The ending feels especially frustrating considering we spent 90 minutes waiting to see who would die. These 90 minutes could have easily been cut down into the show’sÂ regular 60 minutes. Rick’s group continuously running up against The Saviors was great for building tension, but these encounters could have happened in a more timely manner.
Another aspect of the entire finale that bothered me were the decisions and actions that just didn’t add up:
- When did The Saviors all of a sudden become this crazy well-oiled machine?
- How are they seemingly everywhere at once?
- How could Rick’s group be dumb enough to try to get past those walkers who were set up as the worst game of red rover, when it was clearly just another trap?
- If The Saviors knew about Rick’s group and Alexandria this whole time, why haven’t they attacked them yet?
- How did they know to block the roads to the Hilltop Colony?
- Did they somehow know Maggie would experience pregnancy complications on that very day?
These aren’t out of the box questions. I find it rather insulting the writers didn’t think we would notice these plot/character holes.
On top of watching Rick and Co. find themselves being boxed in by The Saviors time and time again, we also watched Carol continue to go through her existential crisis. I’ve said this in my recent reviews, but Carol’s actions make little sense to me. They don’t align with who she has become. Has she really gotten to the place where she would welcome death that easily? I don’t buy it.
Or was this all so Carol and Morgan could meet members of yet another group, which I’m assuming are The Kingdom? The only bright spot of Carol and Morgan’s storyline was that Morgan finally killed someone again. Look, I’m not a monster. I’mÂ all aboutÂ peace, love, and no war. However, if I ever find myself in the zombie apocalypse, you better believe I am going to arm myself and distrust everyone.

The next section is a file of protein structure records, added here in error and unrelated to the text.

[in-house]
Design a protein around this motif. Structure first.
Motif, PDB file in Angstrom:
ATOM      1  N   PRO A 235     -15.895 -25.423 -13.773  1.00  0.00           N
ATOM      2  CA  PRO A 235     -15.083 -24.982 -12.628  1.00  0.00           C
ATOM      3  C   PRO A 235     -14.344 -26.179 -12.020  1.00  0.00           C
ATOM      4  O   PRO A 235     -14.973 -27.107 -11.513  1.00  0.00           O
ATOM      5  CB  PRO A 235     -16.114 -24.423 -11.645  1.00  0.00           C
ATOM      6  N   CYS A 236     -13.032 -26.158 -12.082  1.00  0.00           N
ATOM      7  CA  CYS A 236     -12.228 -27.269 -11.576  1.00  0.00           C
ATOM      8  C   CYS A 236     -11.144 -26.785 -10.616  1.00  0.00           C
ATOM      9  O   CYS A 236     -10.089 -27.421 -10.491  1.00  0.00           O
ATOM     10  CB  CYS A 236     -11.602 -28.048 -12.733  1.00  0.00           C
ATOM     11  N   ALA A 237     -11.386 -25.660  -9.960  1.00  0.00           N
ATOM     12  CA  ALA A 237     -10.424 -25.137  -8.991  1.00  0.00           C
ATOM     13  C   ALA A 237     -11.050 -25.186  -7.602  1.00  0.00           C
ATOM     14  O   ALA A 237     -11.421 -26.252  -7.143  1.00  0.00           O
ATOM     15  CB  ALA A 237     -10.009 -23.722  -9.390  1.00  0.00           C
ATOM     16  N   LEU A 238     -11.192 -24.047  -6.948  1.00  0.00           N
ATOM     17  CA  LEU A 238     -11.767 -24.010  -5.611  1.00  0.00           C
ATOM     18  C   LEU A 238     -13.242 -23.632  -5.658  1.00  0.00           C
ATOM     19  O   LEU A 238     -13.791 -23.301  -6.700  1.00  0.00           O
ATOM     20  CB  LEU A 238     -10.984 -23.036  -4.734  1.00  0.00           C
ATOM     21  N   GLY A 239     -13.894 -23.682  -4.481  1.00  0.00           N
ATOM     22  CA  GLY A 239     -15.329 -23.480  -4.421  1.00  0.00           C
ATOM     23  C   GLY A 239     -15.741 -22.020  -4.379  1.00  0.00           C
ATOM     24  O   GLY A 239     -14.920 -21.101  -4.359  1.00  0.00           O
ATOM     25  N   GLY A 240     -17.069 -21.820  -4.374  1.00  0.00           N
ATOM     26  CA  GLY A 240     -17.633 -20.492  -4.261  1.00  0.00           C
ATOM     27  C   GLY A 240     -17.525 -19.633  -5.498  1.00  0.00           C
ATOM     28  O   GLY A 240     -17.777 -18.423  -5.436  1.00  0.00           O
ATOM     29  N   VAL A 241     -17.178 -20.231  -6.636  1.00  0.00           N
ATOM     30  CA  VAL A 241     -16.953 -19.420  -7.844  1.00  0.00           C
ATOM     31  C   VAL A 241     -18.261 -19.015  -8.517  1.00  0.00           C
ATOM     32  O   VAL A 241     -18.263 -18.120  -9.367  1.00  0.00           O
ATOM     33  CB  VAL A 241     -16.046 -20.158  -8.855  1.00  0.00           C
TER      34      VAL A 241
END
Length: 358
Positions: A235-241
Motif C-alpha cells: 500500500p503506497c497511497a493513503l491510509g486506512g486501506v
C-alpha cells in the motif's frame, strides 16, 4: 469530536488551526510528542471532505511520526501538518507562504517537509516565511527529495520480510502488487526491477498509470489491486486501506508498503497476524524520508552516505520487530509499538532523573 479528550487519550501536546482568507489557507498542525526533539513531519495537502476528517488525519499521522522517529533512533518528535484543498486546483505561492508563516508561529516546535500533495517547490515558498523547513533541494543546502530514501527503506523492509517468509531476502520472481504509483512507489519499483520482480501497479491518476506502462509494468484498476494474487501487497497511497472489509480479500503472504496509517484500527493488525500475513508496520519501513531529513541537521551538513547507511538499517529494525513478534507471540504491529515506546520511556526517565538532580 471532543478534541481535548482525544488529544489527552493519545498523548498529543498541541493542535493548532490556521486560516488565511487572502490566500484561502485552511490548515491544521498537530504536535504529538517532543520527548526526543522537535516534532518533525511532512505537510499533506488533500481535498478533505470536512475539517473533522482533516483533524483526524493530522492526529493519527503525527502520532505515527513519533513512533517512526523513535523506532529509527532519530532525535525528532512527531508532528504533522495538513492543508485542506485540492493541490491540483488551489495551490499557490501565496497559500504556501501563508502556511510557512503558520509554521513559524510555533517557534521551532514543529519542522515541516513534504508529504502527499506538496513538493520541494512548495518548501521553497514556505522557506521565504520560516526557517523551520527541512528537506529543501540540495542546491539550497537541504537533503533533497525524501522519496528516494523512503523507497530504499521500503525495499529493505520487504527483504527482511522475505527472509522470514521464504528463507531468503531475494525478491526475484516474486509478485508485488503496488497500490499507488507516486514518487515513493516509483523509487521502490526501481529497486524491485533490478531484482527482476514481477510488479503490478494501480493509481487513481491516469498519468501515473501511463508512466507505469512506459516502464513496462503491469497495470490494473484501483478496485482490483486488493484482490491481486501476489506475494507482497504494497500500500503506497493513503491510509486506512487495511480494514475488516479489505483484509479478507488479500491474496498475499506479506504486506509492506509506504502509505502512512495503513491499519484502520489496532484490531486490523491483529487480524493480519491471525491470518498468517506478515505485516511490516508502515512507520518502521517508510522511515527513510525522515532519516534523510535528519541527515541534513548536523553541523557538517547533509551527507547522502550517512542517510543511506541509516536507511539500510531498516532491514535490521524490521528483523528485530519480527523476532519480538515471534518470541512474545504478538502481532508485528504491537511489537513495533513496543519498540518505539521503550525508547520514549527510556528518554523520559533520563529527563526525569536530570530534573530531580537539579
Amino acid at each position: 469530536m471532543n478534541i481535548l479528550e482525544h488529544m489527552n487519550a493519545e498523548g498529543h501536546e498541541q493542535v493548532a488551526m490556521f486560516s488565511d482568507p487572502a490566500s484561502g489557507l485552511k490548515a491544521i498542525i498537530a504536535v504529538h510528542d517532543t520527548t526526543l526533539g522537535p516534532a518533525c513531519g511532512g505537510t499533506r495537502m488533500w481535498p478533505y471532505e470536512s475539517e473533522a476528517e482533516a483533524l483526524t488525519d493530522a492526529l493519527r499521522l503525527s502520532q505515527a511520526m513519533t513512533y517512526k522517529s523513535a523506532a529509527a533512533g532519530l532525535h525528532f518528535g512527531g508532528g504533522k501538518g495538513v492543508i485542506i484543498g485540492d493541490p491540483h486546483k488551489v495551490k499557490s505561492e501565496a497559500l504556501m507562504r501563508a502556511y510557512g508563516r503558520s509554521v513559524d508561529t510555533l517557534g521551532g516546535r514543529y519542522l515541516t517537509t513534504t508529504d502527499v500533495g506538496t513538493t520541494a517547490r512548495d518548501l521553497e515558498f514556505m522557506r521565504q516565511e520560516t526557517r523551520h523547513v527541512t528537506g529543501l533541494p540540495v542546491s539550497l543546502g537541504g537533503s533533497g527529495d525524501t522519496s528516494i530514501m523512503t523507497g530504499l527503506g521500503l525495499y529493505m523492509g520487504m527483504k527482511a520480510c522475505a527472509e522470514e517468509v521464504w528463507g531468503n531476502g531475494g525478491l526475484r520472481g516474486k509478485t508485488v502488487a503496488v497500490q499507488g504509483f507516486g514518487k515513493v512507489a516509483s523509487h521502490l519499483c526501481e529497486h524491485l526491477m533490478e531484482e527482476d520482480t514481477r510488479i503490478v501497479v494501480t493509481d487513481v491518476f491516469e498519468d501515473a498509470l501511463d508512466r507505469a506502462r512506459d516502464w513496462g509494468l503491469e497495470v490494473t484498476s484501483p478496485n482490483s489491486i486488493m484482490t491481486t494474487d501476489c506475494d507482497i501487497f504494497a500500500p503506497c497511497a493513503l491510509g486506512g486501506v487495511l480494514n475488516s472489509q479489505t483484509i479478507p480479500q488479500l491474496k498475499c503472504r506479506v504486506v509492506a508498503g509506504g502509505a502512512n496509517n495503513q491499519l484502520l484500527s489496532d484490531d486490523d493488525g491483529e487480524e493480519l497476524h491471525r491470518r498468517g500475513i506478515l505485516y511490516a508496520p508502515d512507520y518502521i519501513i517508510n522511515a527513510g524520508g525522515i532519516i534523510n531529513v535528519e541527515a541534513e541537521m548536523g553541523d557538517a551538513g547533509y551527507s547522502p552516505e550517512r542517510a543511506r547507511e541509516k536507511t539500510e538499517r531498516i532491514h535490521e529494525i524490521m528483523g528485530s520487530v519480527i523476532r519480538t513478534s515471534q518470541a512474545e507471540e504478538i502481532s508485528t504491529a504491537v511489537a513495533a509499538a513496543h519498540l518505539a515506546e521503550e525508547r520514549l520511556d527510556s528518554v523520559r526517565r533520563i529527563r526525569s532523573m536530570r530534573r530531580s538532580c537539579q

There was a whole lot of nonsense being thrown around in the season ender, and I’m a little pissed off. The increasing tension and terror leading up toÂ Negan’s introduction was great and the man himself was just as I imagined him to be, but the amount of time and side storylines we took to get there was not needed.Â Even the last 10Â minutes, which I thought were fantastic, had to be ruined by a cliffhanger that was completely unnecessary.
I suppose you’re wondering who I think was the unlucky winner of Negan’s little game. I’m not going to get into my reasoning for my choice because we’ll be here for a while, but I’m putting my money on Abraham. Since we won’t know until the show returns, you can contemplate myÂ selection and come to your own conclusion. Don’t worry,Â the writers were generous enough to leave you with a lot of time to think it over.
The Walking Dead returns Fall 2016 on AMC.
Thanks Mary! There were a lot of things I enjoyed about this second half of the season, but I think they really let the ball drop with this finale. Jeffrey saved the finale, but it’s not good when you only get 10 great minutes in a 90 minute finale.
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Great review, Amanda! What you said pretty much aligned with what I said in my own review. IMO, Jeffrey Dean Morgan’s performance was the only good thing about that shitshow of a finale, and I personally think it’s time to show Gimple the door. What a total copeout. So disappointed.